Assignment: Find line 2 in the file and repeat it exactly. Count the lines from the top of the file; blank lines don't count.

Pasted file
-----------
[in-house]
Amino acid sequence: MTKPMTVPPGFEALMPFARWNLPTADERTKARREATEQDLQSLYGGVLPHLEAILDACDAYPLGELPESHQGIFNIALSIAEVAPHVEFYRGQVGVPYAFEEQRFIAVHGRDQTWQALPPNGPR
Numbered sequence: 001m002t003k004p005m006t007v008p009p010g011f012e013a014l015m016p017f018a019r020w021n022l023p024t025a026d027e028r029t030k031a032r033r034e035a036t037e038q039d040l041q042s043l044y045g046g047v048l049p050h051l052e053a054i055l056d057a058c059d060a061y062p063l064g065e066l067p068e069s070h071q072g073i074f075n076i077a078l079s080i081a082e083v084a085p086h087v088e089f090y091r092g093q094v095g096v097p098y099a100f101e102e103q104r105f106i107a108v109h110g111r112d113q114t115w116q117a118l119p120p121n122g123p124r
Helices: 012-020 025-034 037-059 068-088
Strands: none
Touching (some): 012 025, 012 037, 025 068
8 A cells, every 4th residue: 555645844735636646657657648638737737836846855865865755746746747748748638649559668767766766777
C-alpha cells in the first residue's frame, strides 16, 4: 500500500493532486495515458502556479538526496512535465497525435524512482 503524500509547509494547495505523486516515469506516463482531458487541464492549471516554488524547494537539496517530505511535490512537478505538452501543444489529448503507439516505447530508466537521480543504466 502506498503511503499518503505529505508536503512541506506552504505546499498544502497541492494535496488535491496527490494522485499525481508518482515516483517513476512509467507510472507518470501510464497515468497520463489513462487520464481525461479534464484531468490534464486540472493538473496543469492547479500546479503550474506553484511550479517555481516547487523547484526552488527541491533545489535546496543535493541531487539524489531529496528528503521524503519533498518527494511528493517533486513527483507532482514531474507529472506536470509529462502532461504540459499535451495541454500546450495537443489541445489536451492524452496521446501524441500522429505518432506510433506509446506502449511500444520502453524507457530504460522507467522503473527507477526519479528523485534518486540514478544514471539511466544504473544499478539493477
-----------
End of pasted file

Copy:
Amino acid sequence: MTKPMTVPPGFEALMPFARWNLPTADERTKARREATEQDLQSLYGGVLPHLEAILDACDAYPLGELPESHQGIFNIALSIAEVAPHVEFYRGQVGVPYAFEEQRFIAVHGRDQTWQALPPNGPR